Displaying items by tag: design
From the time of Swiss watchmakers, who used bell jars to prevent dust from falling on their timepieces, to the development of high-efficiency particulate air (HEPA) filters for atomic energy production, manufacturers have worked to limit airborne contamination in their production environments. Today, ISO standards still emphasize air filtration and air distribution requirements, but the science of cleanroom design has necessarily gone beyond air filtration to include all components of the room, including floors, walls and especially doors.
When designing a clean room, there are many aspects to take into consideration. While regulations and guidelines such as USP chapters outline the minimum requirements for clean room design, they do not address all important elements. Many compounding pharmacies use the requirements stated in USP chapters <797> and <800> as the template for designing their clean room—often at the expense of a workflow that is operationally efficient and designed to minimize contamination risk. To help compounding pharmacies stay compliant and reduce risk without sacrificing efficiency, here are some of the aspects to consider when designing a clean room, as well as some recommendations that we at Eagle consider best practices.
In Cleanroom Design there are many factors to consider before a settling on a final design and beginning cleanroom construction:
When preparing to build a cleanroom for your business you want to make sure to think through several key factors early in the process to help you make sure to build the best cleanroom.
A modular wall system allows you to keep existing walls within your current lab and use wall cladding (overlay) that provides seamless internal walls and coved corners within the confines of the lab space.
Understanding environmental factors is an important element when designing and building a cleanroom. Not having proper airflow, temperature control, or understanding the various airborne contaminants can put your product, process, and personnel at risk. Some tips for when you design and build your cleanroom are:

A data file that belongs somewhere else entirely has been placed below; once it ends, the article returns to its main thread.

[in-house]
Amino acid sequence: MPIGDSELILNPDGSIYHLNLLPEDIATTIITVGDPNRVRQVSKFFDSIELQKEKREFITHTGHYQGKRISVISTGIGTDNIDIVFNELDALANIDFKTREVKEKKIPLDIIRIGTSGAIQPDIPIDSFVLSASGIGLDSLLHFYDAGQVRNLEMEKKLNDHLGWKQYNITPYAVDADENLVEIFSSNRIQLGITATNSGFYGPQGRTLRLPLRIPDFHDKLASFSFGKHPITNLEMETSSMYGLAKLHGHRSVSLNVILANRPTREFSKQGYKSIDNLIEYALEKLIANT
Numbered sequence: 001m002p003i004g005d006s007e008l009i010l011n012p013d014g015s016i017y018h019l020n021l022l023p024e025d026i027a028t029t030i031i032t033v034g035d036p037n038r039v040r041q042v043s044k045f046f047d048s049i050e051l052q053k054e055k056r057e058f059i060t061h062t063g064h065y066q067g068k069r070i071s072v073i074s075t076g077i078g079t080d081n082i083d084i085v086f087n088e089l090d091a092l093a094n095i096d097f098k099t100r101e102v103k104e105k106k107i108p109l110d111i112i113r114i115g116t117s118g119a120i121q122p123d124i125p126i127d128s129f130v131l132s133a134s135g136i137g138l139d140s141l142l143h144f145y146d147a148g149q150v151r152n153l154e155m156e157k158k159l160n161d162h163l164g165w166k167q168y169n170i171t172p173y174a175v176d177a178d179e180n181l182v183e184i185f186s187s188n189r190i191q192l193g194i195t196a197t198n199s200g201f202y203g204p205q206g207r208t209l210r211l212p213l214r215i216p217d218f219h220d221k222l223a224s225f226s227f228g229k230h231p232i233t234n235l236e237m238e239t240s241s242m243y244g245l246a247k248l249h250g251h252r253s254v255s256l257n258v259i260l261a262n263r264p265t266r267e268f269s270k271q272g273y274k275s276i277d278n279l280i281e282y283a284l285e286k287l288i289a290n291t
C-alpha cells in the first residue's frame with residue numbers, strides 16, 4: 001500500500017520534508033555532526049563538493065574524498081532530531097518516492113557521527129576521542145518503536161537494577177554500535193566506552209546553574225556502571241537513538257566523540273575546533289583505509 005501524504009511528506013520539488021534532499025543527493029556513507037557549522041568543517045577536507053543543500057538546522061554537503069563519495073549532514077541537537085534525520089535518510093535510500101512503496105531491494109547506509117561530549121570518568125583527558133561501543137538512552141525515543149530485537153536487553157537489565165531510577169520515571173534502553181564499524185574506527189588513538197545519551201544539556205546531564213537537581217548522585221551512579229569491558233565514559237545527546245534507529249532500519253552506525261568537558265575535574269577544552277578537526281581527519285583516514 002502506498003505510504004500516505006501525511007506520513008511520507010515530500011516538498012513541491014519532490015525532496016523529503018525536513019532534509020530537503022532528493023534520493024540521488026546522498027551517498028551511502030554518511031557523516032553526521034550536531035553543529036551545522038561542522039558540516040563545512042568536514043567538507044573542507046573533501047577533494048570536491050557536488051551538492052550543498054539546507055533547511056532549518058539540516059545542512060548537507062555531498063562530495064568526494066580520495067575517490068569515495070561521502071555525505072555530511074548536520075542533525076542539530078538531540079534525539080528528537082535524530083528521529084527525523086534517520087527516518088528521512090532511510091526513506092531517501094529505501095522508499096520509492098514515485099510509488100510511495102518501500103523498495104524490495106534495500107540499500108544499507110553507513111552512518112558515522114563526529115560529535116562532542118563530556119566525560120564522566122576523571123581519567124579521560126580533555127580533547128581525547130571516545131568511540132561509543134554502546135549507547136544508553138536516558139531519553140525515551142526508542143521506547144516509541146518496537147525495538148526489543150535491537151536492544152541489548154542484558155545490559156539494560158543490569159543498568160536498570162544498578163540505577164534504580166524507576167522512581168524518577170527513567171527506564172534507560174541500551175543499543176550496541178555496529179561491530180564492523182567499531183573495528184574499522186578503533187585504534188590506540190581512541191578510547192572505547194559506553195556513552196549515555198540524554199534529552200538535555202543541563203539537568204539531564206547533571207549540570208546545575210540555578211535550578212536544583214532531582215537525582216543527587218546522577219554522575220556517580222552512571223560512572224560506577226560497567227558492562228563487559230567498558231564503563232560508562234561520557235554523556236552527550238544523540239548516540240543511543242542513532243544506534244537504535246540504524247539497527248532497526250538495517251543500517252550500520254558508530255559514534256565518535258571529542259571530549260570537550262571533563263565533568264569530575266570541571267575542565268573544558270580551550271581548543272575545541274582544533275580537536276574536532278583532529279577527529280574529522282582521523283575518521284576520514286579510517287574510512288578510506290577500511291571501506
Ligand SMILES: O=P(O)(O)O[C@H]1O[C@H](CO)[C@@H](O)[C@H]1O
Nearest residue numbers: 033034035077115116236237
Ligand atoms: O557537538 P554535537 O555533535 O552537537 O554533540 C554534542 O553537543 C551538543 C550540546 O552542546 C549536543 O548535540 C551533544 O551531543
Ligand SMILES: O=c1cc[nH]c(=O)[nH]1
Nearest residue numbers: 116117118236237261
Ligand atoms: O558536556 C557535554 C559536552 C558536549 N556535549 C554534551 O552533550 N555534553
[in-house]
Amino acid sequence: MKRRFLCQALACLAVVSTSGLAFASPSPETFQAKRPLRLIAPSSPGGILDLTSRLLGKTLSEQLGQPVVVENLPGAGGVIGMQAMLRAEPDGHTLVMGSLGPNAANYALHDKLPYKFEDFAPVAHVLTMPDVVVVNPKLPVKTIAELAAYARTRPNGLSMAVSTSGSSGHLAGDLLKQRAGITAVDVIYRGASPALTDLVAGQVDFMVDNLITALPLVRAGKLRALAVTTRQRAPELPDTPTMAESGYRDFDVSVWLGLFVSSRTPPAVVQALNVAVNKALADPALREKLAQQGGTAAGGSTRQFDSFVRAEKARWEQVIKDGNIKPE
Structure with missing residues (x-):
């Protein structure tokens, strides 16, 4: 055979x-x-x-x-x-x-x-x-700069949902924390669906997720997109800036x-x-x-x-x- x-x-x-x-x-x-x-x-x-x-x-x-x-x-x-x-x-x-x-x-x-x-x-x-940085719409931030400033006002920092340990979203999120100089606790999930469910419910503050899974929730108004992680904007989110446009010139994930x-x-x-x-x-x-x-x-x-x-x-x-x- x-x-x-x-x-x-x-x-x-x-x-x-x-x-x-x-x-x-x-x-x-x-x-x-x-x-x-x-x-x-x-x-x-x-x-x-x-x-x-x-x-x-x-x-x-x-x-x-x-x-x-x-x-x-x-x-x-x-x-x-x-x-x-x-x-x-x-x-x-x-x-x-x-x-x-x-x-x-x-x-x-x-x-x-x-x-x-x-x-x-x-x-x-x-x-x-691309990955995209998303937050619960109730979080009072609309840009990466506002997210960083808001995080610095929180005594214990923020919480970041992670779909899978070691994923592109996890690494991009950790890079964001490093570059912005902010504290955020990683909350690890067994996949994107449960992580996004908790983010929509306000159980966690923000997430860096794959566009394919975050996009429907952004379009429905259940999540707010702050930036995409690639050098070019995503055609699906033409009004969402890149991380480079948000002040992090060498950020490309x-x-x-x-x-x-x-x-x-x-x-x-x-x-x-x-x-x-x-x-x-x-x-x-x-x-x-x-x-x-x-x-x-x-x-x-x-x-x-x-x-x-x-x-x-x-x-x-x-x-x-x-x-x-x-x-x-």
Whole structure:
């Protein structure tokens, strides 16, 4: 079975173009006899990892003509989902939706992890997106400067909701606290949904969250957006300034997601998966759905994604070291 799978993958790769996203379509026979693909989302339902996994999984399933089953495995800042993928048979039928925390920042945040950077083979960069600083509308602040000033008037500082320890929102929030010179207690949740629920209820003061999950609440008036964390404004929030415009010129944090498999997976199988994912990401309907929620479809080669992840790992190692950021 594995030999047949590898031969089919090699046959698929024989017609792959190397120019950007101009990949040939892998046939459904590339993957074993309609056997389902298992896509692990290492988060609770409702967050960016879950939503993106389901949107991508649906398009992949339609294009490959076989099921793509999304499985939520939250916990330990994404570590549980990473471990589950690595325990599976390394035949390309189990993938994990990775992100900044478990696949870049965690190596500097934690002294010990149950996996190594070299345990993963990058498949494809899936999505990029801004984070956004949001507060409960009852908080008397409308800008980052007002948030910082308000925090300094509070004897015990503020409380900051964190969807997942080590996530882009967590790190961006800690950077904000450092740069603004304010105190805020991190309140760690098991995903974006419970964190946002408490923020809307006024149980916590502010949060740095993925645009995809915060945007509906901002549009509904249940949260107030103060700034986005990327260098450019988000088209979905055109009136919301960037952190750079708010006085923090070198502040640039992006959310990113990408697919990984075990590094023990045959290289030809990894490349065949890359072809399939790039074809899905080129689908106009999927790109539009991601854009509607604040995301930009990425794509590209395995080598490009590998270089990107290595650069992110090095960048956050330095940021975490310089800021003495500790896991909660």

Many pharmaceutical and medical device companies encounter the need to establish cleanrooms at one stage or another.
Cleanrooms are categorized based upon the number of particles or contaminants in a given cubic space air. The International Organization for Standardization (or ISO) has developed a series of Cleanroom classifications in which most Pharmaceutical cleanroom environments in the US are designed to meet. As we have talked about previously in What Are Cleanroom Classifications?
Cleanrooms are an important component of industrial manufacturing and laboratories, used extensively within the technology, pharmaceutical and medical industries. Accordingly, a cleanroom design must be created according to exact requirements that are spelled out in internationally recognized standards. This blog is a first in a series discussing the design and construction of cleanrooms and will cover these standards, the utility matrix that guides the design process, and the equipment included in the mechanical systems that support the cleanroom. Future blogs will discuss mechanical equipment in depth, examine how to maintain the quality of the air within the cleanroom and review the protocols that must be maintained during construction to insure the integrity of the finished cleanroom.
We are experts in cleanroom design and have extensive experience designing, manufacturing and installing modular cleanrooms for leading pharmaceutical, medical device companies. We are the engineering, manufacturing, and construction leader in the modular cleanroom industry. We would like to be your cleanroom design source for your cleanroom from start to completion.